Larry Bird just called.

“Tweet this,” he said. “They’re soft. S-O-F-T. Soft.”

OK, the former Indiana Pacers coach and president did not call.

But if he was still running the show for the Pacers, he might be inclined to put down his beer long enough to drop the late-night call.

The Pacers had a chance to step on the Atlanta Hawks’ throat Saturday night, a chance to get them thinking about their exit interviews and vacation plans, and came up gruesomely short. They not only lost Game 3 90-69, but they gave Atlanta the one thing they sorely lacked — hope.

Now the Hawks believe they’ve found something, specifically the big lineup that features Johan Petro at center instead of Kyle Korver on the wing. That means Josh Smith plays the small forward, and that means Paul George now has a much tougher defensive duty than he did the first two games. Smith had his way with George in the post, and both Al Horford and Petro, along with Ivan Johnson, neutralized David West and Roy Hibbert.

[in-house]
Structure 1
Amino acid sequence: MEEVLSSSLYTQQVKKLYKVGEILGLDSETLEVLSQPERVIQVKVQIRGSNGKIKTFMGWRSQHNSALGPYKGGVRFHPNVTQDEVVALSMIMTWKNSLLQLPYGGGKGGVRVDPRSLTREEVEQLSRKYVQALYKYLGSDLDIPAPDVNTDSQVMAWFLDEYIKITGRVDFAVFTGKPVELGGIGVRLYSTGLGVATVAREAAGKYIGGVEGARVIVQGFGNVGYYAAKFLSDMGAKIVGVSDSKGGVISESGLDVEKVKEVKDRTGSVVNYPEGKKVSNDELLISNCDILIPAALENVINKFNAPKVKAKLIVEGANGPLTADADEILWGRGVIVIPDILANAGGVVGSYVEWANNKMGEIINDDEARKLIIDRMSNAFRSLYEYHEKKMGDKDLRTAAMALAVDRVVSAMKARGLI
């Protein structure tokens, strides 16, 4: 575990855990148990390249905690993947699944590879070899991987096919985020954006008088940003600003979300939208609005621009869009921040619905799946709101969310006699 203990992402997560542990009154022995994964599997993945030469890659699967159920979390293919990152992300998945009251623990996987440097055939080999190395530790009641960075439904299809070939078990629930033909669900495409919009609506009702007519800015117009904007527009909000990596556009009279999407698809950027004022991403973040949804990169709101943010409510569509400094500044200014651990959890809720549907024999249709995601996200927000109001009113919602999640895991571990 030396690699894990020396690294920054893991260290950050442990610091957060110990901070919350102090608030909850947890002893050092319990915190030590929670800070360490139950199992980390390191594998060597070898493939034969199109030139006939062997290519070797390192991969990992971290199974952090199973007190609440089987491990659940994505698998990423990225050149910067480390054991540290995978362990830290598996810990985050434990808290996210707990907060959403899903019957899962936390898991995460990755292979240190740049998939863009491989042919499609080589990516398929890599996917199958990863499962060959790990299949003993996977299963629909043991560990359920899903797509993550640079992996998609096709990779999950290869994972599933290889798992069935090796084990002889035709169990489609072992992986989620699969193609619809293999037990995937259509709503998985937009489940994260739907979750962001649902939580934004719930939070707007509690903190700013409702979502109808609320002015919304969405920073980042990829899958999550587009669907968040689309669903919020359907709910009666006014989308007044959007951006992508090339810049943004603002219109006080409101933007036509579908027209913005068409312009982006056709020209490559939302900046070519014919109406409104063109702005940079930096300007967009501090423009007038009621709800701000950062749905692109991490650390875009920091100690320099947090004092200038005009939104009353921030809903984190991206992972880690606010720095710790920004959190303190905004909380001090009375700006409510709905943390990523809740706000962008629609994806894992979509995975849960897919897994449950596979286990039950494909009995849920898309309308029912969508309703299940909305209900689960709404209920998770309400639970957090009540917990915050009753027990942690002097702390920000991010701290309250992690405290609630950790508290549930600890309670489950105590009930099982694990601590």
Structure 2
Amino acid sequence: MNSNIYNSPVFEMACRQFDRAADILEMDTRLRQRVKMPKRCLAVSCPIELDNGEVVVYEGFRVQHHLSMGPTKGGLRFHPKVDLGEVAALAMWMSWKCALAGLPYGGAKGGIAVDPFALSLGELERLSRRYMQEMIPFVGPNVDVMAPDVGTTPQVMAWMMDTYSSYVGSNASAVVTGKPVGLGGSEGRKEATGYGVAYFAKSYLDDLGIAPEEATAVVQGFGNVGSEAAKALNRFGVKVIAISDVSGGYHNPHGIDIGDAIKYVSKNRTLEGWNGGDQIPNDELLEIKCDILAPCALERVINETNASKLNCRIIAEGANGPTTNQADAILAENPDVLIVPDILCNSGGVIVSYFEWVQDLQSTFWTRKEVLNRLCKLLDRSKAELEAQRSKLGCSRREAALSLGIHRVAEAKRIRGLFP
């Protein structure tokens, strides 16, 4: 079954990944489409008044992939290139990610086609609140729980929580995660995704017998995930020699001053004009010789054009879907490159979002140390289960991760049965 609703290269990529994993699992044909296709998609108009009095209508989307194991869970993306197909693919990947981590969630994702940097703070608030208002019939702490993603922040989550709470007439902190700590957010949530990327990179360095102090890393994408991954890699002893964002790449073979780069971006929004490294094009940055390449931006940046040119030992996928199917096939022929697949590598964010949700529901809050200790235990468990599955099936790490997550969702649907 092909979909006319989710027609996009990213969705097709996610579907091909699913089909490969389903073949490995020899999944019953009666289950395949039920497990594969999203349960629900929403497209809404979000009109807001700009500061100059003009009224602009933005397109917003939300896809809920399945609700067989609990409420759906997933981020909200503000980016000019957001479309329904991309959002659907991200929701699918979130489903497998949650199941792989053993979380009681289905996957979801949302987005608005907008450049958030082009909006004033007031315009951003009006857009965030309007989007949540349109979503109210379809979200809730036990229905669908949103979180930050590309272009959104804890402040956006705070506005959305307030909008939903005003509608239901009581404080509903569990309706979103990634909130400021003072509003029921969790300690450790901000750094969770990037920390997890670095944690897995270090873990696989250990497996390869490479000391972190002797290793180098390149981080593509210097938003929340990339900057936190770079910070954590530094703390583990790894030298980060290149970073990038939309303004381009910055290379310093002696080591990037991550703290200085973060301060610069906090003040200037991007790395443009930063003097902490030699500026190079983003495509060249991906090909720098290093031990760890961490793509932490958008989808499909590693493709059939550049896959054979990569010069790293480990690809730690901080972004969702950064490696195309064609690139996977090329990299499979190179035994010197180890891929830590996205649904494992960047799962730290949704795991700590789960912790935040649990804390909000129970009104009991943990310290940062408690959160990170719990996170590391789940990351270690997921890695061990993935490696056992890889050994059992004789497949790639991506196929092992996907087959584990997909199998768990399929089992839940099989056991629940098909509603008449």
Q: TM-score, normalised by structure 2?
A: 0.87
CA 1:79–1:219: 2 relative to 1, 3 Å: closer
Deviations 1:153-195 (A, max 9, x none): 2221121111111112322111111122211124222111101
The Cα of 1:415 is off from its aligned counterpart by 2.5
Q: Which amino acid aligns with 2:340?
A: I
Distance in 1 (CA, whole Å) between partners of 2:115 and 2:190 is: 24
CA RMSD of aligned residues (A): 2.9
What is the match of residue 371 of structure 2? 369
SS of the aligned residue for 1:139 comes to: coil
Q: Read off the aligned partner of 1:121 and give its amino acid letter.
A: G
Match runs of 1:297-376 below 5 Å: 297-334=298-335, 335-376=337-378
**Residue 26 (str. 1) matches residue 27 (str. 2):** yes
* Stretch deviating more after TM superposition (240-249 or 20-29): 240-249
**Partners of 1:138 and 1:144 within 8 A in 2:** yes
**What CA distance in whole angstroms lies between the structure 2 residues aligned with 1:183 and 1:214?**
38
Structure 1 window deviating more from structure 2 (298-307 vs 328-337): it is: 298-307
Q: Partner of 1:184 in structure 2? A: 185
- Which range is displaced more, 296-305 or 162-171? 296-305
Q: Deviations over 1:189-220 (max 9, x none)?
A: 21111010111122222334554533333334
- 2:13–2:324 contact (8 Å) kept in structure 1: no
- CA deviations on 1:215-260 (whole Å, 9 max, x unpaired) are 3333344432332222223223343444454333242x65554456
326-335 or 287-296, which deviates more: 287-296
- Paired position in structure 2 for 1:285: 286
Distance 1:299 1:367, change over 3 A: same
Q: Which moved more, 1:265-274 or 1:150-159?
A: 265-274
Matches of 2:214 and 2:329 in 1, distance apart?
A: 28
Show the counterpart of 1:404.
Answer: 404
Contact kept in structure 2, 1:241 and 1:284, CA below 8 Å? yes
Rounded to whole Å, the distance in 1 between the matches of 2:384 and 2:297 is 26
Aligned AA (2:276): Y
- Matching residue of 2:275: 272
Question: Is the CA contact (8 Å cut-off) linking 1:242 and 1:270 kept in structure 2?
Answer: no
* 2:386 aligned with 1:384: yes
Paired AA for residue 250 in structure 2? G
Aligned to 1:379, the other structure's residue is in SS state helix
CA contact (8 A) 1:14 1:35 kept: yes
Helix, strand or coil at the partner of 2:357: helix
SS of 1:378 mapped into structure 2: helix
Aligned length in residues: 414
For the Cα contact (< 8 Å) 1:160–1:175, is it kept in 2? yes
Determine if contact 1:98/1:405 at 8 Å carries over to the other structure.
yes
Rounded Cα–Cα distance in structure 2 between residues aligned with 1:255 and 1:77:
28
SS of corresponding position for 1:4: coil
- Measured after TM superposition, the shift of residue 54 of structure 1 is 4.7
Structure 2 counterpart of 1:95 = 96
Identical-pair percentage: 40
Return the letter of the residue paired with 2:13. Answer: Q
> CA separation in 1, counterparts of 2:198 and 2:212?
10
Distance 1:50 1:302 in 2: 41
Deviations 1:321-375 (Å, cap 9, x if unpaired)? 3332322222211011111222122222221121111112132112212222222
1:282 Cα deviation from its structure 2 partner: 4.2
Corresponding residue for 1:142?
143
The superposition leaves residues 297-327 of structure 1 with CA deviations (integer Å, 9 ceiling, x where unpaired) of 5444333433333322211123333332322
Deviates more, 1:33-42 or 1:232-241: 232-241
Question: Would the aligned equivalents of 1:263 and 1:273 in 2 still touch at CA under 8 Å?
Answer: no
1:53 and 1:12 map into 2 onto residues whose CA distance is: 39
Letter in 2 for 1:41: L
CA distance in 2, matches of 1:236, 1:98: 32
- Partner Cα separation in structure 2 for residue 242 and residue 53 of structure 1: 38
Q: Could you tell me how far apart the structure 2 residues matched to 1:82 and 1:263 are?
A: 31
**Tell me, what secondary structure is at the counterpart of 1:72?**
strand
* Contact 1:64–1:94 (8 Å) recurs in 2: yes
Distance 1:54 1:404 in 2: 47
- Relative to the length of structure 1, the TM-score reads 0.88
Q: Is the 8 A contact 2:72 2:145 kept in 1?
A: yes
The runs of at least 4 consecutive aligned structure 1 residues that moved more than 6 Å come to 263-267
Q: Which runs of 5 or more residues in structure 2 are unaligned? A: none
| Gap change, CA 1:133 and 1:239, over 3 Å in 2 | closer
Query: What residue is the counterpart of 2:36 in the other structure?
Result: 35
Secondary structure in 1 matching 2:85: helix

The Pacers knew the big lineup was coming. This wasn’t a surprise. If anything, the surprise was it didn’t happen in Game 2.

“To be honest, I thought they’d do it after Game 1,” Hibbert said.

Which raises a question: Why did it take Hawks coach Larry Drew two games to reach the conclusion Korver couldn’t guard Paul George? Especially when his team was being badly out-rebounded and generally punked in the paint?

Odd.

If and when the Hawks lose this series, Hawks’ fans — the few, the proud — will ask the same question.

But Drew changed up in time to make this series at least mildly interesting in the short term.

The Pacers were, in a word, awful.

Historically awful.

Sixty-nine points, just 30 in the first half.

Twenty-seven percent shooting.

Twenty-two turnovers, leading to 24 points.

Four-for-25 from behind the 3-point arc.

Two-of-15 shooting from George Hill and Lance Stephenson, including five turnovers.

The Pacers hit season lows in everything, including effort.